Postpartum angiopathy (PPA), a cerebral vasculopathy, is considered comparatively rare, but may be under-recognized. The diagnosis is made based on neurologic symptoms in the postpartum setting with documented angiographic findings of multifocal segmental vasoconstriction. Symptoms of PPA are usually encountered in the first 1-2 weeks after an uncomplicated pregnancy and delivery, but can be delayed for up to 6 weeks postpartum. Classically patients present with abrupt, excruciating headaches. The pain is commonly holocephalic and may be accompanied by nausea, visual disturbances, encephalopathy, or seizures. Though there have been cases reported without headache, the absence of this symptom should raise suspicion for other diagnoses, as it is a prominent and early feature in the vast majority of described cases. Headaches can be persistent or may fluctuate and manifest as recurrent thunderclap headaches over several days. Generalized seizures are the second most commonly reported neurologic symptom in PPA, followed by visual disturbances and encephalopathy. A variety of visual disturbances can occur, including transient scotomas, visual field deficit, and cortical blindness.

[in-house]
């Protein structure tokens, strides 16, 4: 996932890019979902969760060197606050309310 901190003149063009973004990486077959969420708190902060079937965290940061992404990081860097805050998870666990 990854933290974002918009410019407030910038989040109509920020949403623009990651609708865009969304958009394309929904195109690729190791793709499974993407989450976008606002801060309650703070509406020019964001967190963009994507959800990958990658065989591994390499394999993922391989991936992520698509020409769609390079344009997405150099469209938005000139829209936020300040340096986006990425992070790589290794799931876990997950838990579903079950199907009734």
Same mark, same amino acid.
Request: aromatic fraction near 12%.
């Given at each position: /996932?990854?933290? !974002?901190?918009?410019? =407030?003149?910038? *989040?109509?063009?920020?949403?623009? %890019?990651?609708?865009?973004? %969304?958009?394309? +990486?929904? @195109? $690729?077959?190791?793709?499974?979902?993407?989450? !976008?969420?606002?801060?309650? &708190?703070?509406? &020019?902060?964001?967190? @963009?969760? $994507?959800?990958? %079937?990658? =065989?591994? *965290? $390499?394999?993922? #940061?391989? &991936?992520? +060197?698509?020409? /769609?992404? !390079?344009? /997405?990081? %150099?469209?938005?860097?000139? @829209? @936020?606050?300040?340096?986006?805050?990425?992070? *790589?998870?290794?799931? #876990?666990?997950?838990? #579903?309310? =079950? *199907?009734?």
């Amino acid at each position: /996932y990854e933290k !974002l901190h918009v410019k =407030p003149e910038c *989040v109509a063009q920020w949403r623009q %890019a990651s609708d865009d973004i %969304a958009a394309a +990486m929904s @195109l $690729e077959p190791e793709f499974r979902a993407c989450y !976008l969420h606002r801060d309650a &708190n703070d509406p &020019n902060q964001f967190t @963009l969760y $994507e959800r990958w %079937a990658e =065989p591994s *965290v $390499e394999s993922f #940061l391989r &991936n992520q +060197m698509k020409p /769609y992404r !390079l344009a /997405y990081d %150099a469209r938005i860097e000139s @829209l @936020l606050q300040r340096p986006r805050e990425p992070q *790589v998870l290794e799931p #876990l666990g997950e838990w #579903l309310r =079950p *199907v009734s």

|Original language||English (US)|
|Title of host publication||Neurological Disorders and Pregnancy|
|Number of pages||9|
|State||Published - 2011|
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